YWCA St. Joseph Provides Services For Those Who Have Experienced Sexual Assault
Recently, headlines have regularly told of newly disclosed sexual assault happening to celebrities in the workplace and on dates. For most of the population, there’s no press waiting to hear the details, but it can still be terribly intimidating to report a case of sexual assault. With increasing awareness around the topic, you may be wondering if you can accurately identify sexual assault and know what to do if it happens to you.
What is sexual assault? Sexual assault is any sexual activity that is not mutually consented to. It often involves a friend, boyfriend or girlfriend, date or acquaintance and they may use threats or intimidation to coerce you into an activity. Sexual assault can also include being drugged, drunk, unconscious or simply too young to give consent. Someone who is mentally disabled is also not able to legally agree to sexual contact.
It is never your fault. It doesn’t matter if you’ve had sexual contact with the person in the past, it doesn’t matter where you were or what you wore. You have the right to say “NO” at any time.
What should you do if you are sexually assaulted? Go directly to seek medical attention, preferably in an emergency room where they are trained to administer a “rape kit” exam. It’s very important that you don’t take a shower, change your clothes or clean yourself up in any way before going to the emergency room so that as much evidence as possible can be gathered during the exam. On the other hand, you can still go to the hospital for help even if you showered or changed clothes.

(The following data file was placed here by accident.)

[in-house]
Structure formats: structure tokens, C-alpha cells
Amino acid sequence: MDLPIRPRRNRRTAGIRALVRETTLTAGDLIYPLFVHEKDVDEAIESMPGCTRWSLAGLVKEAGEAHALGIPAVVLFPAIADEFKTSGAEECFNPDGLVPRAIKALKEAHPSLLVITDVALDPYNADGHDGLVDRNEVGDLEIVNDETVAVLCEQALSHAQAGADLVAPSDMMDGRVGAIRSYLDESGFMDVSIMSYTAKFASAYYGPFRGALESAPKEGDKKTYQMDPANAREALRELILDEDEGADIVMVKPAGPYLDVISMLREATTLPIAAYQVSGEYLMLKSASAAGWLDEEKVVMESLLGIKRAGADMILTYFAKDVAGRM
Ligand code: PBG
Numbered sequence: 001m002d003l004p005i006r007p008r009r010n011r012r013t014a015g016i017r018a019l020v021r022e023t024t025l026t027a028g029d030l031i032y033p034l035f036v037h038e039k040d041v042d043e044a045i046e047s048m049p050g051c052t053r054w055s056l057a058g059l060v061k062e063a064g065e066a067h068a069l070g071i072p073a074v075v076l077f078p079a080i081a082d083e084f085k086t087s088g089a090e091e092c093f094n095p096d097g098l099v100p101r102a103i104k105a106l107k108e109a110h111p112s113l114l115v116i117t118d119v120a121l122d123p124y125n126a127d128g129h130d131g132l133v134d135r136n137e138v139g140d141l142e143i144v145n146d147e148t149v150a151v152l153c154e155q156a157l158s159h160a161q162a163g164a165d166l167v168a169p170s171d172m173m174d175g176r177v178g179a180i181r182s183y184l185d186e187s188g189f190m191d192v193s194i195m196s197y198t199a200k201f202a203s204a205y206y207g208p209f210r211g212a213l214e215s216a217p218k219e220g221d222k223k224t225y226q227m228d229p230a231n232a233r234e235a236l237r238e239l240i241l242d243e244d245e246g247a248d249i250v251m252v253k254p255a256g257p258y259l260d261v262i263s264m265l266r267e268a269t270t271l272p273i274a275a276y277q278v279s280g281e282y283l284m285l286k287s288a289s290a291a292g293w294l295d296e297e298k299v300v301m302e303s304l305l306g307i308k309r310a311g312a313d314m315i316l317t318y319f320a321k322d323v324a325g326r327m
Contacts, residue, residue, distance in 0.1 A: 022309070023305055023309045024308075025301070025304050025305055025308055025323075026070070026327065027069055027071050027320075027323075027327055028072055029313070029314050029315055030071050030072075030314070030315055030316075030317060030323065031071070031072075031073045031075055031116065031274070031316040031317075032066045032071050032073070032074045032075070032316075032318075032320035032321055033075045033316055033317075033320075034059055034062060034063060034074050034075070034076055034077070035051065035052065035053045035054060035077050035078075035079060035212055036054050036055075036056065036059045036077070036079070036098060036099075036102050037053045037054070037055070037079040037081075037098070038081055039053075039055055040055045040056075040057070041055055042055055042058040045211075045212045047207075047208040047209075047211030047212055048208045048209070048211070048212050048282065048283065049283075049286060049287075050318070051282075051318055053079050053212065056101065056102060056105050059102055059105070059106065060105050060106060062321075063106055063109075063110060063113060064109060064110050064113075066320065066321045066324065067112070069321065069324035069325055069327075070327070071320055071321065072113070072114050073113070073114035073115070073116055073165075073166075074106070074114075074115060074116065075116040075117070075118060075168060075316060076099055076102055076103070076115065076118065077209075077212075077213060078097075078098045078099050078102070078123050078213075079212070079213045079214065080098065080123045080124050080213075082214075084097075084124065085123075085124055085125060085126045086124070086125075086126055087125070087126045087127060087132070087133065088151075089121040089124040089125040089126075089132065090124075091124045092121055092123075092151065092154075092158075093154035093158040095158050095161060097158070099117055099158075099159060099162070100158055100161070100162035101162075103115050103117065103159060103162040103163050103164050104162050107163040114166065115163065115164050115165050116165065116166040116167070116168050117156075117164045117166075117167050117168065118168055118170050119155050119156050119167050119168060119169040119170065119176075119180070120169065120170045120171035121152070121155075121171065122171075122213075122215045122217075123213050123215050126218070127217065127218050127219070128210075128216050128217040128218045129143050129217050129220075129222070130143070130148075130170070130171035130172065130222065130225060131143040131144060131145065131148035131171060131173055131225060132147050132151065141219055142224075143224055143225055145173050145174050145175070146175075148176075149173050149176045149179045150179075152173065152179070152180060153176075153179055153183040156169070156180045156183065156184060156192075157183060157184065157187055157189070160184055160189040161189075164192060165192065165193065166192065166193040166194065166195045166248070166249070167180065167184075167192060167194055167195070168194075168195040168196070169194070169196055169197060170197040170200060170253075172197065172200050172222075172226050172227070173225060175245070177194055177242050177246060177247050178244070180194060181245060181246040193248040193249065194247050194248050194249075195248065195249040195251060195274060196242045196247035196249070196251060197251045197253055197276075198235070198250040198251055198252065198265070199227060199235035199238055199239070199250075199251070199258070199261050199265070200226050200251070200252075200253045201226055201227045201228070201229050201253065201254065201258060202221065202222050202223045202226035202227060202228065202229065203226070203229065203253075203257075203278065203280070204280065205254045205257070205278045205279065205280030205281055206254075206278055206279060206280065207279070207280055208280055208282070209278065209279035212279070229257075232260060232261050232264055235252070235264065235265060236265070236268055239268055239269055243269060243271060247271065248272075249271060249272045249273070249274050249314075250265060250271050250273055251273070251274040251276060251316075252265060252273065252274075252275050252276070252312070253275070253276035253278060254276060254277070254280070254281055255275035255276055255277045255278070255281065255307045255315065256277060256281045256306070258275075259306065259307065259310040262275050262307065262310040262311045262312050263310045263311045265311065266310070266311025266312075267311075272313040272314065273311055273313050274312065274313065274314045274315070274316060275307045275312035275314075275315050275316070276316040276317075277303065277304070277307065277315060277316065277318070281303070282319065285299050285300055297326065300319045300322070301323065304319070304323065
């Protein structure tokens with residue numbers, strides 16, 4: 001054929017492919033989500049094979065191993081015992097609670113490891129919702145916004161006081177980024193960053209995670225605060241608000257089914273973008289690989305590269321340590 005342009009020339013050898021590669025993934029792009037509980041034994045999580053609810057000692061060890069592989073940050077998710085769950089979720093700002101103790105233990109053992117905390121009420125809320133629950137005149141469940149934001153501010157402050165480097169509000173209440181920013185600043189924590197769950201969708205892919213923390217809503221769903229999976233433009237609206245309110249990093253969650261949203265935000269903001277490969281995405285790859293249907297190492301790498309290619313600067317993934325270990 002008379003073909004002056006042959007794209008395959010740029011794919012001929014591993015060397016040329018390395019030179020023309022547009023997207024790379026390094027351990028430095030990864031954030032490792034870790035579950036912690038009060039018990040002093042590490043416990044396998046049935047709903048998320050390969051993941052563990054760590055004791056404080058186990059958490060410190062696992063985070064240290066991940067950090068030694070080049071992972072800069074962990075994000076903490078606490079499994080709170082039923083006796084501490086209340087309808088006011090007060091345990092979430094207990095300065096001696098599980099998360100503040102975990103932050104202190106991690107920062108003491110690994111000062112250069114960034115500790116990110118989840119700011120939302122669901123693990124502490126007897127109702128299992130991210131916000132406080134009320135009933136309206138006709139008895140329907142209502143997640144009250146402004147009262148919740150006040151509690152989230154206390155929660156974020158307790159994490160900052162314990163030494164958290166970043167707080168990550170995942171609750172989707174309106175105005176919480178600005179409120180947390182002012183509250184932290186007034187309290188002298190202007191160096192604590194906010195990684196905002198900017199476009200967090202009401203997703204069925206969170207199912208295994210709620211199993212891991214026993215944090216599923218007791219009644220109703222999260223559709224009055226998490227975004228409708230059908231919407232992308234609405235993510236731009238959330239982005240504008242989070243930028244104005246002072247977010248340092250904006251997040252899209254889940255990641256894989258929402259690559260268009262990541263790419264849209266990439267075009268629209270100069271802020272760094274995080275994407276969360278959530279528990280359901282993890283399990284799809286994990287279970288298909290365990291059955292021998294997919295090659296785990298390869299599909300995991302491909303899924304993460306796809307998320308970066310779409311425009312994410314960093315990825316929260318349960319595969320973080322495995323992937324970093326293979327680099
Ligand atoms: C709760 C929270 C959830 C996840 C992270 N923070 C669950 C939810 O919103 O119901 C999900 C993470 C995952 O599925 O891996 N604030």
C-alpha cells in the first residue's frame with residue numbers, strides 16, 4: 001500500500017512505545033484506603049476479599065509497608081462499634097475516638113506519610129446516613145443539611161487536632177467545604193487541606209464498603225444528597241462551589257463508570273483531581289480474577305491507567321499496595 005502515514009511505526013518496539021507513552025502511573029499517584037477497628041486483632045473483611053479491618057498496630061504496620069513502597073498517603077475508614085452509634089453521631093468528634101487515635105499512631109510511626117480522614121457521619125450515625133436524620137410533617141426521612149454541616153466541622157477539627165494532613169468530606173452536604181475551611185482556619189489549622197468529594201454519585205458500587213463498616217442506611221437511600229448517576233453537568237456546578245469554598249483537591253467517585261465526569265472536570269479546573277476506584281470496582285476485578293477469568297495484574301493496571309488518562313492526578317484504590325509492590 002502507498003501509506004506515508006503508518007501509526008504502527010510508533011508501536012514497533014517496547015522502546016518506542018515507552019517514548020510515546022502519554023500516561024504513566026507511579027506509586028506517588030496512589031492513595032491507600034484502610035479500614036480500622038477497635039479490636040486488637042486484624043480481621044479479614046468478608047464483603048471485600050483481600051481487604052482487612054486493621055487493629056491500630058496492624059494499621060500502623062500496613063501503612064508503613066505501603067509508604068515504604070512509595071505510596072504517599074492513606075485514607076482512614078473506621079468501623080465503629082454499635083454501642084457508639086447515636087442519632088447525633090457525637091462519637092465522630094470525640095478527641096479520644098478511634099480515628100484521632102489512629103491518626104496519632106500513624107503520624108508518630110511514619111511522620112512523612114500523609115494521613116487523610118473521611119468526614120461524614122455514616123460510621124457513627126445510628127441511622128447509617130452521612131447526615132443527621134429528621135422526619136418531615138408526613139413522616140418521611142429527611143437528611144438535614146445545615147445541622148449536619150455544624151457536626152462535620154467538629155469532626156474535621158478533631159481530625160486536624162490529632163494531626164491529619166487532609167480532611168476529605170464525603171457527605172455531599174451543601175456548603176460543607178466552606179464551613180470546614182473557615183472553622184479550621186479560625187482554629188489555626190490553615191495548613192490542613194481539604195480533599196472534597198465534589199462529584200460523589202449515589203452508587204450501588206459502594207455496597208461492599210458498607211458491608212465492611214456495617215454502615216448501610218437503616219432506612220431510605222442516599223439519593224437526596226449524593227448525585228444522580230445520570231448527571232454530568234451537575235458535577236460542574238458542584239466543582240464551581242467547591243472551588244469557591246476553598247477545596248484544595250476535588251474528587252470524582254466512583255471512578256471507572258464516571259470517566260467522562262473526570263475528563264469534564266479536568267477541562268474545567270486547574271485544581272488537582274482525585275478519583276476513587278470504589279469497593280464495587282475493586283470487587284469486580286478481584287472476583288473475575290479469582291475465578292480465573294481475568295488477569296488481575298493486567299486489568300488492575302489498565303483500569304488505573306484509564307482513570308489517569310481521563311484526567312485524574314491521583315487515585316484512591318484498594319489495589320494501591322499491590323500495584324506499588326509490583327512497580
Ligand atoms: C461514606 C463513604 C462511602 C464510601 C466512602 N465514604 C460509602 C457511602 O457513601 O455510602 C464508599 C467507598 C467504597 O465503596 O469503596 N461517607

In the immediate aftermath of sexual assault, you may feel reluctant to consider reporting the assault to police. It’s important to consider that you may feel differently later, and it’s important that you allow evidence to be gathered. Ask a trusted friend or relative to go to the emergency room with you so that you have support.
Rape kits can be performed up to 72 hours after an assault. In our community, an anonymous report can also be made if the victim chooses not to talk with law enforcement. As a victim of sexual assault, a trained advocate will come to the emergency room and help you with all the choices and the resources after the event.
Many victims of sexual assault find it helpful to talk with someone, whether that’s a fellow sexual assault survivor or a counselor.
For more guidance on what to do if you experience sexual assault, visit the YWCA St. Joseph FAQ page for Victim Services. You are also encouraged to call the 24-hour YWCA Shelter hotline to receive immediate assistance at 816-232-1225 or 1-800-653-1477.